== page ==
I’ve tailored the daemon to my needs, but trying to be as generic as possible. The design is based on small components:

  • The “xbee” component takes care of the connection to the radio and the packet parsing.
  • The “router” maps xbee addresses/ports to MQTT topics.
  • The “processor” pre-processes values before publishing them.
  • The “mqtt” component takes care of the message publishing.
  • And the XBee2MQTT class (which extends Sander Merechal’s fabulous daemon class) glues everything together.

You can read the code to get a full insight of what it does but I’d like to explain here some decisions I’ve taken.

I’ve abstracted the message source to an address and a port. The address is the 8 bytes physical serial number of the radio (SH and SL) and the port is the pin (adc0, adc1,… dio1, dio2,…). 0x90 packets are mapped to virtual ports. The sender can define the name of the virtual port (like “battery:4460\n”) or otherwise a generic name will be used (“serial” by default).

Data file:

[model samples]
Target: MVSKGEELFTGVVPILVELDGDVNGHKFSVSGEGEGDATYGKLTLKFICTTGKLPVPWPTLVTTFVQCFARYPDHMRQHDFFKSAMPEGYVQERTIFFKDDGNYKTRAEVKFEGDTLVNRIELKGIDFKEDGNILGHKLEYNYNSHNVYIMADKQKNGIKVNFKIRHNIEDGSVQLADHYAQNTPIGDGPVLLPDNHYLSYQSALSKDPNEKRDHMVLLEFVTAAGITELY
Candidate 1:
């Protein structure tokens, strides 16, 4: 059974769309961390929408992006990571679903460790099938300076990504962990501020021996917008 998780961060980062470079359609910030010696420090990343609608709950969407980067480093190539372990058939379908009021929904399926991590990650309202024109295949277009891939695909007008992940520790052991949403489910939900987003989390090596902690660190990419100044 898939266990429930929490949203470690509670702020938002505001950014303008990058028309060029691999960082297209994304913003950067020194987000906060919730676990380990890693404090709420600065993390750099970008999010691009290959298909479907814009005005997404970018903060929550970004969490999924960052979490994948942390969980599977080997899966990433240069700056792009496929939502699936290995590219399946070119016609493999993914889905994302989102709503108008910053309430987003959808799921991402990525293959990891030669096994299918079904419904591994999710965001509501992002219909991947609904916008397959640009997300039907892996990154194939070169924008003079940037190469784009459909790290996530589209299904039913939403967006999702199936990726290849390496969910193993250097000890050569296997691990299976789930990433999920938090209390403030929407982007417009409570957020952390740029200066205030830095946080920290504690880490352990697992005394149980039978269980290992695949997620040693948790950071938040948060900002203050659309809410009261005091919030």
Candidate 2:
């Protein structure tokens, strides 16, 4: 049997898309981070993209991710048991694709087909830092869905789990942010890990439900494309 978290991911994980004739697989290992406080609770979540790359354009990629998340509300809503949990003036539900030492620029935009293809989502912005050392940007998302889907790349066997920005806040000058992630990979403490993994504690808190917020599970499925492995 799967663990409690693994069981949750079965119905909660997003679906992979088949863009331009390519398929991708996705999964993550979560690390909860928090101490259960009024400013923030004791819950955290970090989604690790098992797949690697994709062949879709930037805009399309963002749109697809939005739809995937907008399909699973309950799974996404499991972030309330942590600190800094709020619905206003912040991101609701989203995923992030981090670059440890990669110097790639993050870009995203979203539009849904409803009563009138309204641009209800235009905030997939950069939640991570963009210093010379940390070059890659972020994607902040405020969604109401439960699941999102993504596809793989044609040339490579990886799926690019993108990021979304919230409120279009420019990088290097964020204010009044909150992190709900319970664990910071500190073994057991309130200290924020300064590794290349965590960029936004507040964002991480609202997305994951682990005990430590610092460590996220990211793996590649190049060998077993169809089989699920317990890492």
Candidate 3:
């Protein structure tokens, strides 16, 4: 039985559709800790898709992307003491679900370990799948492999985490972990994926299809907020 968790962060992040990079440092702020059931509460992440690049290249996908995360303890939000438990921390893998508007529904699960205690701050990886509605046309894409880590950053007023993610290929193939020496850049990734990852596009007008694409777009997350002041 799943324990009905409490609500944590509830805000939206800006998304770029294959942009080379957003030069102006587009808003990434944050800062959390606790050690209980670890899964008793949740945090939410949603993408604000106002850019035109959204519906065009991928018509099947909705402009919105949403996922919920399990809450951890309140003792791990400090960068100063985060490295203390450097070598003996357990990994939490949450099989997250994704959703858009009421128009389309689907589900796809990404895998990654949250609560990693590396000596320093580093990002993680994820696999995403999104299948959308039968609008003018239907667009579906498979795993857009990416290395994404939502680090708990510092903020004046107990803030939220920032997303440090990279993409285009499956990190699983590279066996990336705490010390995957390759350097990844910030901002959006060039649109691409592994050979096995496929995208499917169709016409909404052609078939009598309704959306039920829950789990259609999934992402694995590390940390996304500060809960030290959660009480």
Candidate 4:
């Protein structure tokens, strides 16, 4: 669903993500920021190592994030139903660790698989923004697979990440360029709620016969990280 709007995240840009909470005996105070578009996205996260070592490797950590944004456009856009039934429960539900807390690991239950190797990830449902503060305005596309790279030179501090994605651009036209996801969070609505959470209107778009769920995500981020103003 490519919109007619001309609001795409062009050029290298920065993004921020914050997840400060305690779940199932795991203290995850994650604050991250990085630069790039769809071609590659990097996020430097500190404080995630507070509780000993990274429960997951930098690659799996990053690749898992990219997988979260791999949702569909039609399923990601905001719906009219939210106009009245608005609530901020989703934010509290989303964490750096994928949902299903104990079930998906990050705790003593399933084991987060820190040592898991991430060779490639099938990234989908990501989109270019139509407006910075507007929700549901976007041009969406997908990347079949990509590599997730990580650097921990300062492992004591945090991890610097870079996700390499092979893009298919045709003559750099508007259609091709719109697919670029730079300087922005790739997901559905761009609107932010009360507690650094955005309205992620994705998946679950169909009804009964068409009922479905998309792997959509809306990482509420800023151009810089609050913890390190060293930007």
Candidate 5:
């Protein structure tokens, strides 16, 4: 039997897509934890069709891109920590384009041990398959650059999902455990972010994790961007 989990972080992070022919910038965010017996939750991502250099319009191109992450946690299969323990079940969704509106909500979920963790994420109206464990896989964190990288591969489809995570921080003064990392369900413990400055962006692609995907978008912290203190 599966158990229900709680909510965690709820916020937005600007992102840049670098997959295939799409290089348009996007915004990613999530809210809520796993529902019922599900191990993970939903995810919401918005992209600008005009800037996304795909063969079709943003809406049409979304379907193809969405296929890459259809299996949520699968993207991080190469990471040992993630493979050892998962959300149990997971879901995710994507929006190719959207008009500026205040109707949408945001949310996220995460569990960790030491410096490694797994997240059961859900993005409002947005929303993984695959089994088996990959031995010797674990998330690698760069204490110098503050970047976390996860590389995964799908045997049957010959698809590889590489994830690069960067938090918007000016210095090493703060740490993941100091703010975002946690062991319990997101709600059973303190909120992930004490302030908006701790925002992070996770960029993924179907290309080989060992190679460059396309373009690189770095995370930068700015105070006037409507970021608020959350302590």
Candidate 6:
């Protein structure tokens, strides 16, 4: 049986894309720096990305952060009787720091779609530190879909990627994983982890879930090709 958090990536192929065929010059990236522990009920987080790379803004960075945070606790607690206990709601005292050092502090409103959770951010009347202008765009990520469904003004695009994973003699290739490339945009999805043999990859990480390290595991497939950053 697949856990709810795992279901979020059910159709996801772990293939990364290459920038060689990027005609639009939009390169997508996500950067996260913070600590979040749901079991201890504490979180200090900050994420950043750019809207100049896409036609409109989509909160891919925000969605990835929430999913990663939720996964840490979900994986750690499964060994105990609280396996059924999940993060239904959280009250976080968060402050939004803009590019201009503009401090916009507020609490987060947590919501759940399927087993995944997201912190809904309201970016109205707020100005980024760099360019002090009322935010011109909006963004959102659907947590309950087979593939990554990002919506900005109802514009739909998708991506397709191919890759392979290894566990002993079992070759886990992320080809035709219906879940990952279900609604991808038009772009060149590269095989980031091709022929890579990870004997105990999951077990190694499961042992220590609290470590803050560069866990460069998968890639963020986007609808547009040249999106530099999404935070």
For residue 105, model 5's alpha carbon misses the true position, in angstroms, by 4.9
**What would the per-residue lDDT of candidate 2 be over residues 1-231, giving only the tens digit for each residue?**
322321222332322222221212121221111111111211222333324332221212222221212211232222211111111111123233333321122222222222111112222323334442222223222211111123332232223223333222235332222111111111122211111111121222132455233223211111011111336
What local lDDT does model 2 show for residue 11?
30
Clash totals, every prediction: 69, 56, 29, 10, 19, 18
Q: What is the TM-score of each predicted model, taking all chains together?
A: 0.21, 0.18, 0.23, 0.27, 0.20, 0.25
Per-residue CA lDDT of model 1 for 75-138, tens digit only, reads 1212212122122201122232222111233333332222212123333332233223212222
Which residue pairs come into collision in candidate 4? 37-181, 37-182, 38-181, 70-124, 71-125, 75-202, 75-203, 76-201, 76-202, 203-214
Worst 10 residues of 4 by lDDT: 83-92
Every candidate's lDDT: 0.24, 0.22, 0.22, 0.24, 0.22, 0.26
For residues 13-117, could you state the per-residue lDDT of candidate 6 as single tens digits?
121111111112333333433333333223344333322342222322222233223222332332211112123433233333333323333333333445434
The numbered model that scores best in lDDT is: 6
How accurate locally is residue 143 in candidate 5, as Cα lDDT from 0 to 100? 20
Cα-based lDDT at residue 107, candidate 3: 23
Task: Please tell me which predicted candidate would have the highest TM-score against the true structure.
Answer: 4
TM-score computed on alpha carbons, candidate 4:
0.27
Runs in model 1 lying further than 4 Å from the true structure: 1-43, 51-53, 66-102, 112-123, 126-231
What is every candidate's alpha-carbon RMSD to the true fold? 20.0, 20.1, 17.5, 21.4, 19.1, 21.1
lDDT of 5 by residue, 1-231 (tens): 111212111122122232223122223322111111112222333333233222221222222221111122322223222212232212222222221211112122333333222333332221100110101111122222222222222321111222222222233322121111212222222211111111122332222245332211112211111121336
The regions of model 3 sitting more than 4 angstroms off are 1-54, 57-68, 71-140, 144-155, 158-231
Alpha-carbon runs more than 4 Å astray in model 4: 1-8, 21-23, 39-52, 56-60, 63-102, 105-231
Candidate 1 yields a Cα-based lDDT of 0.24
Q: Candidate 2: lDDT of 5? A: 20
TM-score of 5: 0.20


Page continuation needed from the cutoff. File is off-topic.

The routing is a basic functionality. As I already explained in my previous post about topic naming conventions I think the mapping should be done in the gateway because no other component should have to know about the physical structure of the wireless (XBee) network. So the xbee2mqtt daemon maps all the messages to MQTT topics with semantic meaning. You can also allow default topic mapping which will publish any message received by an undefined address/port combination to a topic like /raw/xbee/<address>/<port>.

The processor uses a strategy pattern to pre-process any incoming value. I will be using this to do some calculations on the adc7 value the XBees report (that’s the voltage monitor pin) to convert it to the real voltage the batteries are providing.

All the components have been designed so they can be injected to any code that depends on them. This is a common pattern (dependency injection) that favours decoupling and provides a clean way to define strategies at runtime, for instance when mocking components in the unit tests.